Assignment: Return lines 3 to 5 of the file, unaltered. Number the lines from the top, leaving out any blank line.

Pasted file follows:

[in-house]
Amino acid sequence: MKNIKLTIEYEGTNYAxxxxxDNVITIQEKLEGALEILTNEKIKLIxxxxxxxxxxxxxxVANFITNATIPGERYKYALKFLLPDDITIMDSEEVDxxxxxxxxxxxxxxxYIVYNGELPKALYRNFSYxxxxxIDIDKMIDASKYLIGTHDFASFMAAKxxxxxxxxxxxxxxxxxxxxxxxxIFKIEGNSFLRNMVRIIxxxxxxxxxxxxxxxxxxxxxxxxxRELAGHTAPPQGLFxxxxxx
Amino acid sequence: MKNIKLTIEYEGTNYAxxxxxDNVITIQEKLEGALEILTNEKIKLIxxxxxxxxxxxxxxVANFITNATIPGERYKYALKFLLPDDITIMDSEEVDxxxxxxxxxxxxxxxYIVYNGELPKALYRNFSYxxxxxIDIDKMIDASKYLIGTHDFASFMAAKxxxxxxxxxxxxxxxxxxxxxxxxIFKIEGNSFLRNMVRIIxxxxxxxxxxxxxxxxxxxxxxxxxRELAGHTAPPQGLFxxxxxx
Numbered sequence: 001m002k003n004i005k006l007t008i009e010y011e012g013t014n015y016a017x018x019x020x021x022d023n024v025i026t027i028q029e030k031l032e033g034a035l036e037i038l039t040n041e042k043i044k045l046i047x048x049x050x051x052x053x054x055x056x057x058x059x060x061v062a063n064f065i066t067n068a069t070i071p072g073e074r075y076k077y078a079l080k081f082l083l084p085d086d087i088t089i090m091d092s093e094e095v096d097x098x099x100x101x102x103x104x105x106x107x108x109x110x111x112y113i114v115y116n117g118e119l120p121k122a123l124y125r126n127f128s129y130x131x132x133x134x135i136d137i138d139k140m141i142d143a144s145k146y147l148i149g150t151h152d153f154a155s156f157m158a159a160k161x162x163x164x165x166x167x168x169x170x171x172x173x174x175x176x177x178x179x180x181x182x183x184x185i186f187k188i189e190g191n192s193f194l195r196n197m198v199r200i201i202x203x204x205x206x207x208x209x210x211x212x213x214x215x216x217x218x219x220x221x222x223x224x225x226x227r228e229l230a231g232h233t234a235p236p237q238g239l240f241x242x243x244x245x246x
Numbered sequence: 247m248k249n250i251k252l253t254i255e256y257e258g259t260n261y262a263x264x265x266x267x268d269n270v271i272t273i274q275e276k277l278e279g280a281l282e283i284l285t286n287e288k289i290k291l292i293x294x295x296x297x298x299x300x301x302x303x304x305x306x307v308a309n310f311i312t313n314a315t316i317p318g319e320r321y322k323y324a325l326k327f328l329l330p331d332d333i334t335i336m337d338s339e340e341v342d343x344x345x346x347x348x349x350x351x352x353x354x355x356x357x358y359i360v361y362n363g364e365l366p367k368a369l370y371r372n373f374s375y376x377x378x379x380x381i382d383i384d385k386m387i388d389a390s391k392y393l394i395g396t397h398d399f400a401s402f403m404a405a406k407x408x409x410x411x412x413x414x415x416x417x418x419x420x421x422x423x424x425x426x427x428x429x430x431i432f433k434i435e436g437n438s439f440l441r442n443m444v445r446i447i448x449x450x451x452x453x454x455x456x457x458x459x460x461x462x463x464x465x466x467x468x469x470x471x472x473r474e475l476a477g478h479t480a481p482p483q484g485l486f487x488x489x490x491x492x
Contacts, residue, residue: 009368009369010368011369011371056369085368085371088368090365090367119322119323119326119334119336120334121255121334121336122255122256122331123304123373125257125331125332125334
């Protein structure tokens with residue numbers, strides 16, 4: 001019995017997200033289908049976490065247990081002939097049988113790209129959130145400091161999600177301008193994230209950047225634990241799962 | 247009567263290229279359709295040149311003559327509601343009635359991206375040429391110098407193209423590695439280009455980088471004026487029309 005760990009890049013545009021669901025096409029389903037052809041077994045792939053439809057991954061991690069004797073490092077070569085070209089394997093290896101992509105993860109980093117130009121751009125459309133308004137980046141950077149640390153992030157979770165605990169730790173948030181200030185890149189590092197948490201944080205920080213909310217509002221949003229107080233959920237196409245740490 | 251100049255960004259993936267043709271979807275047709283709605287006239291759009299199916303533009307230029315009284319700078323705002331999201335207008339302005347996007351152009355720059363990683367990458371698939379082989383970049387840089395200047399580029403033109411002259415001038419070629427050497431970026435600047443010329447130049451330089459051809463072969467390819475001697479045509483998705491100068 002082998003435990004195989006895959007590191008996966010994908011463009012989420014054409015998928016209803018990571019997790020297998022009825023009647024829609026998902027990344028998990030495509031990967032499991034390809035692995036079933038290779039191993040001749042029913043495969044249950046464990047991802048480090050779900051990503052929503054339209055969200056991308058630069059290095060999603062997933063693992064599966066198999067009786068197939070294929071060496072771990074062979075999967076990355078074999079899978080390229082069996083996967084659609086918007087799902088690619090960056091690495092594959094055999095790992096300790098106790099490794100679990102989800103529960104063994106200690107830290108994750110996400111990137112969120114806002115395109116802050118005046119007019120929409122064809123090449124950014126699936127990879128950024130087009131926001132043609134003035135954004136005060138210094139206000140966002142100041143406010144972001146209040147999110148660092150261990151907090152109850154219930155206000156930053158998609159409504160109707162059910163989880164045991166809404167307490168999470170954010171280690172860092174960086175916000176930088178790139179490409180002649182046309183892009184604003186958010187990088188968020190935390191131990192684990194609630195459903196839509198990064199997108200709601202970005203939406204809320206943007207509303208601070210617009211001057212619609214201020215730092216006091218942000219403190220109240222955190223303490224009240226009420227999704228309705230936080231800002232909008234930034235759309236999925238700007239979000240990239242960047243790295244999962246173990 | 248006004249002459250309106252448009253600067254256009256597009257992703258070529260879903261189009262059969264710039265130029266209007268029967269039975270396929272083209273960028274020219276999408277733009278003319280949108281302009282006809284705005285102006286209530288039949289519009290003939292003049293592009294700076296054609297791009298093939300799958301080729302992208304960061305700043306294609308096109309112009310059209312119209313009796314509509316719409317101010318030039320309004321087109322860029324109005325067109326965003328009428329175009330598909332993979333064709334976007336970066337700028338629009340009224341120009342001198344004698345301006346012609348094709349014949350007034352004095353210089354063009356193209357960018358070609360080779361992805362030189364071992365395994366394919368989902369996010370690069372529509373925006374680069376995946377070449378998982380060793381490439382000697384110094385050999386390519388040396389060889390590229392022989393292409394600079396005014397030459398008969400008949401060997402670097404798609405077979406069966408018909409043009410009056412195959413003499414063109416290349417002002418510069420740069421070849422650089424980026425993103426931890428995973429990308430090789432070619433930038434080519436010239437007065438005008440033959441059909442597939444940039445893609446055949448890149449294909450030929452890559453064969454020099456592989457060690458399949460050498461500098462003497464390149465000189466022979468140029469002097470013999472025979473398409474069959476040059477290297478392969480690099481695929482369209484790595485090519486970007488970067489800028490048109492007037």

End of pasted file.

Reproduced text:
Amino acid sequence: MKNIKLTIEYEGTNYAxxxxxDNVITIQEKLEGALEILTNEKIKLIxxxxxxxxxxxxxxVANFITNATIPGERYKYALKFLLPDDITIMDSEEVDxxxxxxxxxxxxxxxYIVYNGELPKALYRNFSYxxxxxIDIDKMIDASKYLIGTHDFASFMAAKxxxxxxxxxxxxxxxxxxxxxxxxIFKIEGNSFLRNMVRIIxxxxxxxxxxxxxxxxxxxxxxxxxRELAGHTAPPQGLFxxxxxx
Numbered sequence: 001m002k003n004i005k006l007t008i009e010y011e012g013t014n015y016a017x018x019x020x021x022d023n024v025i026t027i028q029e030k031l032e033g034a035l036e037i038l039t040n041e042k043i044k045l046i047x048x049x050x051x052x053x054x055x056x057x058x059x060x061v062a063n064f065i066t067n068a069t070i071p072g073e074r075y076k077y078a079l080k081f082l083l084p085d086d087i088t089i090m091d092s093e094e095v096d097x098x099x100x101x102x103x104x105x106x107x108x109x110x111x112y113i114v115y116n117g118e119l120p121k122a123l124y125r126n127f128s129y130x131x132x133x134x135i136d137i138d139k140m141i142d143a144s145k146y147l148i149g150t151h152d153f154a155s156f157m158a159a160k161x162x163x164x165x166x167x168x169x170x171x172x173x174x175x176x177x178x179x180x181x182x183x184x185i186f187k188i189e190g191n192s193f194l195r196n197m198v199r200i201i202x203x204x205x206x207x208x209x210x211x212x213x214x215x216x217x218x219x220x221x222x223x224x225x226x227r228e229l230a231g232h233t234a235p236p237q238g239l240f241x242x243x244x245x246x
Numbered sequence: 247m248k249n250i251k252l253t254i255e256y257e258g259t260n261y262a263x264x265x266x267x268d269n270v271i272t273i274q275e276k277l278e279g280a281l282e283i284l285t286n287e288k289i290k291l292i293x294x295x296x297x298x299x300x301x302x303x304x305x306x307v308a309n310f311i312t313n314a315t316i317p318g319e320r321y322k323y324a325l326k327f328l329l330p331d332d333i334t335i336m337d338s339e340e341v342d343x344x345x346x347x348x349x350x351x352x353x354x355x356x357x358y359i360v361y362n363g364e365l366p367k368a369l370y371r372n373f374s375y376x377x378x379x380x381i382d383i384d385k386m387i388d389a390s391k392y393l394i395g396t397h398d399f400a401s402f403m404a405a406k407x408x409x410x411x412x413x414x415x416x417x418x419x420x421x422x423x424x425x426x427x428x429x430x431i432f433k434i435e436g437n438s439f440l441r442n443m444v445r446i447i448x449x450x451x452x453x454x455x456x457x458x459x460x461x462x463x464x465x466x467x468x469x470x471x472x473r474e475l476a477g478h479t480a481p482p483q484g485l486f487x488x489x490x491x492x